i think some people are underestimating the long term damage pollard caused to our national security. it boggles my mind how anyone would think he should be released. “signals intelligence, or SIGINT, and their world is kept in order by an in-house manual known as the RASIN an acronym for radio-signal notations. The manual, which is classified “top-secret Umbra,” fills ten volumes, is constantly updated, and lists the physical parameters of every known signal. Pollard took it all. “It’s the Bible,” one former communications-intelligence officer told me. “It tells how we collect signals anywhere in the world…..IN the mid-nineteen-eighties, the daily report from the Navy’s Sixth Fleet Ocean Surveillance Information Facility (FOSIF) in Rota, Spain, was one of America’s Cold War staples. A top-secret document filed every morning at 0800 Zulu time (Greenwich Mean Time), it reported all that had gone on in the Middle East during the previous twenty-four hours, as recorded by the N.S.A.’s most sophisticated monitoring devices. The reports were renowned inside Navy commands for their sophistication and their reliability; they were based.. on data supplied both by intelligence agents throughout the Middle East and by the most advanced technical means of intercepting Soviet military communications. The Navy’s intelligence facility at Rota shared space with a huge N.S.A. intercept station, occupied by more than seven hundred linguists and cryptographers, which was responsible for monitoring and decoding military and diplomatic communications all across North Africa. Many at Rota spent hundreds of hours a month listening while locked in top-secret compartments aboard American ships, aircraft, and submarines operating in the Mediterranean…. he had provided the Israelis with more than a year’s worth of the daily FOSIF reports… “Pollard gave them every message for a whole year,” the officer told me recently, referring to the Israelis. “They could analyze it” — the intelligence — “message by message, and correlate it. They could not only piece together our sources and methods but also learn how we think, and how we approach a problem. All of a sudden, there is no mystery. These are the things we can’t change. You got this, and you got us by the balls.””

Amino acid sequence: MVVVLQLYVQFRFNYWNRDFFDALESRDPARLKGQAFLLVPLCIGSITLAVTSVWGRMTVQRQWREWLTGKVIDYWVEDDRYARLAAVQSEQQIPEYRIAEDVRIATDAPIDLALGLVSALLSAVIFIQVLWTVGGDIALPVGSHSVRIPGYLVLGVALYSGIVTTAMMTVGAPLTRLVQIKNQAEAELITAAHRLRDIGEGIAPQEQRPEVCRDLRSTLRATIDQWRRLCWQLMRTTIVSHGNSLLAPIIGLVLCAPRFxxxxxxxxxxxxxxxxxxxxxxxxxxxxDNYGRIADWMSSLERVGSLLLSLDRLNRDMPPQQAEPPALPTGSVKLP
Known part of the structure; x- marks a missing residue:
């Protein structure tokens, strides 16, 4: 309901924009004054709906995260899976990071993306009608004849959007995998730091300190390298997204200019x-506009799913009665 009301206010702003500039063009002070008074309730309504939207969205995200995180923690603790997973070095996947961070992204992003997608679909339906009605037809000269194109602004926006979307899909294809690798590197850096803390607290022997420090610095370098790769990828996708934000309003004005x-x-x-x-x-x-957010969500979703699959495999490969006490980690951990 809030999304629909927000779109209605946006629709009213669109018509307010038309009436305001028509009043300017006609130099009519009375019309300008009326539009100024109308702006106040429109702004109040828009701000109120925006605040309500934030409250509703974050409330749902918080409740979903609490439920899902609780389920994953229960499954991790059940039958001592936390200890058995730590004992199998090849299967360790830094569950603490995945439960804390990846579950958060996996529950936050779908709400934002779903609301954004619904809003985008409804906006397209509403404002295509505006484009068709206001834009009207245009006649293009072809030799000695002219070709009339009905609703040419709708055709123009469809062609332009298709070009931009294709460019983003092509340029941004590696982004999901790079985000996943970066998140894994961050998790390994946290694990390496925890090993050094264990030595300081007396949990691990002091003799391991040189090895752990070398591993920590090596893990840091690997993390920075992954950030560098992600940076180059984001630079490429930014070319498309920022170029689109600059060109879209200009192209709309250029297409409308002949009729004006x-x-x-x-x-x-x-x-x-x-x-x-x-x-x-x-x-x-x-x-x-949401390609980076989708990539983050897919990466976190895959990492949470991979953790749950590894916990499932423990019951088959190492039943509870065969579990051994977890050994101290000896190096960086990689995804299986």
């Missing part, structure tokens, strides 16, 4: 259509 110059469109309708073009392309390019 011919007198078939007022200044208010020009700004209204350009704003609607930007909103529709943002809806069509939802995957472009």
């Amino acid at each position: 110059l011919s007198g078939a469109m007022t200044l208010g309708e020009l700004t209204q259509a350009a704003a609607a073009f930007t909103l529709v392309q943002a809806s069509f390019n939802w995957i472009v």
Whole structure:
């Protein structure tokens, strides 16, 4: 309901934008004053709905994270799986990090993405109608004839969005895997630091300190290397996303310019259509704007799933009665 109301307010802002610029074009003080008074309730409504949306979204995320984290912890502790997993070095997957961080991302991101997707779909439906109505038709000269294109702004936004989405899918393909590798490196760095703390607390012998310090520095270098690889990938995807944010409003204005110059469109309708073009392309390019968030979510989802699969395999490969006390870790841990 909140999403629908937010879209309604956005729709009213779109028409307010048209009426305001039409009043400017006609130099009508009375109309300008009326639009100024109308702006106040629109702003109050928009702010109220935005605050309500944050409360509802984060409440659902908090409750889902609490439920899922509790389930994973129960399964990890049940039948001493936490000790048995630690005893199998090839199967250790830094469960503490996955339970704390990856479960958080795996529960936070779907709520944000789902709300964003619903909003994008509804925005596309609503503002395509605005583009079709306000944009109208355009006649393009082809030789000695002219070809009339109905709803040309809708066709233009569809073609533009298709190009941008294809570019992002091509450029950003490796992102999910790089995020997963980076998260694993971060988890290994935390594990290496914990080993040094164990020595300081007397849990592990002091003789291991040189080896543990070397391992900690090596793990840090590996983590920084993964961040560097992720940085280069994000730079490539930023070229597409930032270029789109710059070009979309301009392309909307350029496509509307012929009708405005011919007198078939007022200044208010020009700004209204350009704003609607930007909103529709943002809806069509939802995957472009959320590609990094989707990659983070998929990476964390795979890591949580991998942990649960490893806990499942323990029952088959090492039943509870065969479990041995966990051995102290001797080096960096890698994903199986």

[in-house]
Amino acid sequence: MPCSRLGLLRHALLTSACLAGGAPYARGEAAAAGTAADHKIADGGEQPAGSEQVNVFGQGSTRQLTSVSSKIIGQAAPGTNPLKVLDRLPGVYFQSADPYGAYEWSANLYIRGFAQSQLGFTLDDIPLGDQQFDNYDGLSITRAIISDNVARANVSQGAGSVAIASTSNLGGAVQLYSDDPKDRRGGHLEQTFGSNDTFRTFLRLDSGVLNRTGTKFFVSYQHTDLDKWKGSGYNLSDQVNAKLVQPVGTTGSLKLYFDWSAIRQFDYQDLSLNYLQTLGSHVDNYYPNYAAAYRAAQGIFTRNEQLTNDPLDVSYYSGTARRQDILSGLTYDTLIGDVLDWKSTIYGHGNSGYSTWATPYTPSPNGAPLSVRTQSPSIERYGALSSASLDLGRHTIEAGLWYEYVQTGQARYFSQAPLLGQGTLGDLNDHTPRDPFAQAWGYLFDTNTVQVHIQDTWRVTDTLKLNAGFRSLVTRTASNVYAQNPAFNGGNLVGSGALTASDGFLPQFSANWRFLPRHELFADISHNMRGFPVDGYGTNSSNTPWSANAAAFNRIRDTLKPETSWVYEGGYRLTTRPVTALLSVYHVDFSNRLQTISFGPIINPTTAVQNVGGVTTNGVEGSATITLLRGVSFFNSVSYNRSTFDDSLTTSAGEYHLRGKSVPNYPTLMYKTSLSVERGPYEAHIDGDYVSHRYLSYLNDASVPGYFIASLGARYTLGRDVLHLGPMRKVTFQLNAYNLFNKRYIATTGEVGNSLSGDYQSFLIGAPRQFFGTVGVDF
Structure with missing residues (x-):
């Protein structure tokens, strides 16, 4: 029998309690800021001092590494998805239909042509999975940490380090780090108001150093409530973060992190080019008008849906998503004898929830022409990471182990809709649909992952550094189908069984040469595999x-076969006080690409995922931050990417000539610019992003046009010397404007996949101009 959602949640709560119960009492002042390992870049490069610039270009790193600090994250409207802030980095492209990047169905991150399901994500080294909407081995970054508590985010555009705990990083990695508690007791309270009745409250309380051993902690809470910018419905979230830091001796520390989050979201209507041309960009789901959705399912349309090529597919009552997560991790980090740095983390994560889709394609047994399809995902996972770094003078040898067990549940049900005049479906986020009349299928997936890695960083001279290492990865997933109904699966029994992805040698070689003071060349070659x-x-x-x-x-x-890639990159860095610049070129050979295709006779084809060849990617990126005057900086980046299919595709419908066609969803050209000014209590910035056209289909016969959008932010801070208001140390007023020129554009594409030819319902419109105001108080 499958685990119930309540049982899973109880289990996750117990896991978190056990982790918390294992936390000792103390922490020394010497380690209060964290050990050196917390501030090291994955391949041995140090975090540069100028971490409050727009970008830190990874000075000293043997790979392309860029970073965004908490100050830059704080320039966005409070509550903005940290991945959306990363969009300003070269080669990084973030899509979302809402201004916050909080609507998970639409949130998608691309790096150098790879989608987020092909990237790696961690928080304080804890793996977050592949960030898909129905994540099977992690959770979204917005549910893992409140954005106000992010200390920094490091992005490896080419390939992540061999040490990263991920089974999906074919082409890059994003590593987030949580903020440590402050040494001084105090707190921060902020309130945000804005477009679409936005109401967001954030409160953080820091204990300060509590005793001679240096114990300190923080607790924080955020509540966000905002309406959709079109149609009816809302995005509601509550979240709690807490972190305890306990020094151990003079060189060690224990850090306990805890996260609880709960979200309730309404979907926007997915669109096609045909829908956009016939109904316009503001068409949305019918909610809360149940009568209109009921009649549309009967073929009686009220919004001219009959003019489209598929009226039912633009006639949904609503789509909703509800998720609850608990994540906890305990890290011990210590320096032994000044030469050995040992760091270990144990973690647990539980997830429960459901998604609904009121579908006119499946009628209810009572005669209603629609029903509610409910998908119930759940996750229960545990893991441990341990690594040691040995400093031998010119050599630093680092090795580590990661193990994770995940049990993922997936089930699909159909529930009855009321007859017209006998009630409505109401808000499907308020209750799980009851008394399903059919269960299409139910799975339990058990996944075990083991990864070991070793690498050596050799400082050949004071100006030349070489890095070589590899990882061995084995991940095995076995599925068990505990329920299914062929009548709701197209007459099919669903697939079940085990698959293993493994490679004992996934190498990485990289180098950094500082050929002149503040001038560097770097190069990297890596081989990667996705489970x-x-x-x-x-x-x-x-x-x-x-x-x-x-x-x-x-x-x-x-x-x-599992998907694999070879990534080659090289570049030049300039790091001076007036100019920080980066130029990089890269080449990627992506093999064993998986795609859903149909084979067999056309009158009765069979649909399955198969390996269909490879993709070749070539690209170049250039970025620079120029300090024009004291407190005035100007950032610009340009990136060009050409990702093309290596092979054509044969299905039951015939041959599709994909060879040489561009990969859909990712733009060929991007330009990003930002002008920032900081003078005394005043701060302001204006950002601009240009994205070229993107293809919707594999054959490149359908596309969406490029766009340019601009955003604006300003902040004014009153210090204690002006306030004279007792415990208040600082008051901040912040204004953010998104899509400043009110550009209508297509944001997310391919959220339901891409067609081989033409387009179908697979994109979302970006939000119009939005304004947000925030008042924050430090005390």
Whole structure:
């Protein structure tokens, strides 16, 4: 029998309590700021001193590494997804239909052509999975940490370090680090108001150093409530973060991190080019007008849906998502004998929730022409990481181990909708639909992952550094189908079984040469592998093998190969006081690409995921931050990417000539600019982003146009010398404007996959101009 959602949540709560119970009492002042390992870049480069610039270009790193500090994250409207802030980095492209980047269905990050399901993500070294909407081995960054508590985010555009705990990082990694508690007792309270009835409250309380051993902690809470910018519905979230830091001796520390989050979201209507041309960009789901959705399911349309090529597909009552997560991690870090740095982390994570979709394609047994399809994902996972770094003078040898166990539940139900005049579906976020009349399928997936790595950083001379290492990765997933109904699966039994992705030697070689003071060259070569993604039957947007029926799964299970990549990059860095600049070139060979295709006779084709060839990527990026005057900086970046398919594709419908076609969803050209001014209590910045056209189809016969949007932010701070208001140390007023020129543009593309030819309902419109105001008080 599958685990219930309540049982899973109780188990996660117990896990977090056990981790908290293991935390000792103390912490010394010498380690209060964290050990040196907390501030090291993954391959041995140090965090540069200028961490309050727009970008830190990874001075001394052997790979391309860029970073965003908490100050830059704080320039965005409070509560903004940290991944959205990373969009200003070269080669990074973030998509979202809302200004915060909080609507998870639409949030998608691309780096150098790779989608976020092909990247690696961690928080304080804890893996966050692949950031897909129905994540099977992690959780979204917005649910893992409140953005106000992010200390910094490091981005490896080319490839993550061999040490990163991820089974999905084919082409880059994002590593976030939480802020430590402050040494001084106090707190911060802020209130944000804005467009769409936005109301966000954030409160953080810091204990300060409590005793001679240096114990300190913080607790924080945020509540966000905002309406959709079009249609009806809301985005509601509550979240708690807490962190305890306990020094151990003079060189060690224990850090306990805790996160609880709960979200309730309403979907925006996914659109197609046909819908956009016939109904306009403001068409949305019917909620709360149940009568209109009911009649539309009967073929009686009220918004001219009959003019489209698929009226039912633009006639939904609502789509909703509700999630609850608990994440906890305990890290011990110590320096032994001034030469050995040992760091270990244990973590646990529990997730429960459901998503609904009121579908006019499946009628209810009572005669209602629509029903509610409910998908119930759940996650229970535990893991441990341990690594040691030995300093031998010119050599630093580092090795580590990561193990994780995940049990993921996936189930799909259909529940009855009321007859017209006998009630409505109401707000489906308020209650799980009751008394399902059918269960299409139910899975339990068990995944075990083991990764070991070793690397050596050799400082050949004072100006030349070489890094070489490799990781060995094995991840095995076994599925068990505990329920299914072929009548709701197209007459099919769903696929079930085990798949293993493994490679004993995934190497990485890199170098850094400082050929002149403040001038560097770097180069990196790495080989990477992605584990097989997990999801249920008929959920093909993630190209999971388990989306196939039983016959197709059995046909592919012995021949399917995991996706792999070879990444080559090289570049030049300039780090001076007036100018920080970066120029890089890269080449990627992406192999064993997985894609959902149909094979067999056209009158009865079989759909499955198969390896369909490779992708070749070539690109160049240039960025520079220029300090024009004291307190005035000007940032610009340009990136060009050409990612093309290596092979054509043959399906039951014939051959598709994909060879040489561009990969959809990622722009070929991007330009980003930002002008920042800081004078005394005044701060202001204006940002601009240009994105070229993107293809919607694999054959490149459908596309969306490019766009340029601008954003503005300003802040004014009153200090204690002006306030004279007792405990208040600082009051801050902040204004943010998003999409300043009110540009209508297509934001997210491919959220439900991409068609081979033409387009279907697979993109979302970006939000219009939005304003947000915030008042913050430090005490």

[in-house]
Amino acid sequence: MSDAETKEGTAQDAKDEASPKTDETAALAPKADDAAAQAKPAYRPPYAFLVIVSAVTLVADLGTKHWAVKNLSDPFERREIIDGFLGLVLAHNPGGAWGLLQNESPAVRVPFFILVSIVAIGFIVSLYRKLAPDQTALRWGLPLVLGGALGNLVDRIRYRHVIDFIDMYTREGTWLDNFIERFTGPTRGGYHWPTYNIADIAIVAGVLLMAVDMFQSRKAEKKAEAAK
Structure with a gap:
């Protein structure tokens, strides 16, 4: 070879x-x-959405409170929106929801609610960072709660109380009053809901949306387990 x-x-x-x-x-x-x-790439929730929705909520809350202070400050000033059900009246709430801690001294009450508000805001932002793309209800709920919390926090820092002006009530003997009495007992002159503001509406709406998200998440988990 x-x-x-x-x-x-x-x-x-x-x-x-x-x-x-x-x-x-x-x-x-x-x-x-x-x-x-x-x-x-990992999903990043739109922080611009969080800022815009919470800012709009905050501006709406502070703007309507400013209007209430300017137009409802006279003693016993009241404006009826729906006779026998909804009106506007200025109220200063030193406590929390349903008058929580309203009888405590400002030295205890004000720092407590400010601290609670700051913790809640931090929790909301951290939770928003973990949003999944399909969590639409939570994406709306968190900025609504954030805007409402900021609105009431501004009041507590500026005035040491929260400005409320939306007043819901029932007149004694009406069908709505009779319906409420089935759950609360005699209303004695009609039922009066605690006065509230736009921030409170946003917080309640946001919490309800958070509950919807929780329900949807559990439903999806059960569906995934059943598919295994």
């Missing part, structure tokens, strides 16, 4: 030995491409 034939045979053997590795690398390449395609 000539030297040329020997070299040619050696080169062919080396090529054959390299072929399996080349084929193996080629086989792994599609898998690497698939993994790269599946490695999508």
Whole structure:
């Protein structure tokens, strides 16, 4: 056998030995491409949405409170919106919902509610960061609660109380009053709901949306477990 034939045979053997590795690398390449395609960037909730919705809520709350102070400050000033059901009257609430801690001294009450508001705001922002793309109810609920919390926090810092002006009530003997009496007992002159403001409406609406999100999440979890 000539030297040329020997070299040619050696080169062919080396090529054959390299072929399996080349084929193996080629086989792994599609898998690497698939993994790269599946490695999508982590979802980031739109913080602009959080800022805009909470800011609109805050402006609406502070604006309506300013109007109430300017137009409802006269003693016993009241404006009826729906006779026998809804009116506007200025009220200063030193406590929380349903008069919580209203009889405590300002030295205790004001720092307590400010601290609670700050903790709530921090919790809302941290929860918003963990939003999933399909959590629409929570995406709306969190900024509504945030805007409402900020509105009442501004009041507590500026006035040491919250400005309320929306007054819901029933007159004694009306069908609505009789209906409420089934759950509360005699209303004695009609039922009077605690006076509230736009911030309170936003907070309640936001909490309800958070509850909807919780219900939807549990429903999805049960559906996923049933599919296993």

Reply to Comment
    24. max

      Annie, I strongly doubt that you know more than I do, which isn’t much since – as the case wasn’t fully public – whatever I think I know I read or heard from people with interest.
      So as is quite often the case, I’m left with judgement that American justice isn’t the worse you can find, and my ability to compare, to benchmark.
      And this benchmarking seems to clearly indicate that Pollard’s treatment is worse than you’d expect – by far – and this very assessment is the reason for Larry’s article. However, his proposal doesn’t make the result look more humane or America look more Just.

      Reply to Comment
    25. Gerry

      you’ve got us XYZ. Good thing it’s so simple to categorize everyone as one big group. Us leftists all believe the same things in lockstep. Just don’t treat jews in the same hackney, that’s antisemitism.

      Must be nice to have a bogeyman like that to blamed all your failings on!

      Reply to Comment
    26. Nobody is asking the obvious question – where did the documents end up?
      America may be lenient with some “friendly” spying, I guess.
      However if Pollard was used to attain some key documents, that might have been requested by the Soviets, and if the Americans have reason to believe Pollard knew who these documents would be valuable for, then they may treat Pollard as a traitor.
      Regardless of their relationship with Israel.

      They might view Pollard as an internal matter.

      Reply to Comment
    27. XYZ

      Okay, I apologize. I made an overgeneralization about the Left. I have seen numerous Leftist attack Pollard, but many others say he should be released.

      Regarding these new claims that he can’t be released because there is now something else in the case such as the “other spy” ….I think this is a lot of baloney. Many high ranking Americans such as former Vice President Dan Quayle, Senator Schumer, former Secretaries of State George Shultz and Henry Kissinger and IIRC even former CIA Chief Woolsey and numerous others have called for Pollard to be released.

      Reply to Comment
    28. annie

      aaron, “Nobody is asking the obvious question – where did the documents end up?”…oh you would be very wrong there. personally, i think this is why pollard is still in jail. i would have to do some prowling around but off the top of my head i sort of recall the US government asking exactly that. and who did they ask? the israeli government. and the israeli government said…no, we won’t tell you…and given the nature of the theft, the US thought they had every right to know. so, my opinion (and only my opinion/hunch) this is a power play between the USgov and goi. goi wants to have their cake (stolen goods) and eat it 2 (release pollard). if the goi coughs up pollard could probably be freed.

      Reply to Comment
    29. Screwtape

      The day Jonathan Pollard dies in an American prison will be a great day indeed. No mercy for traitors.

      Reply to Comment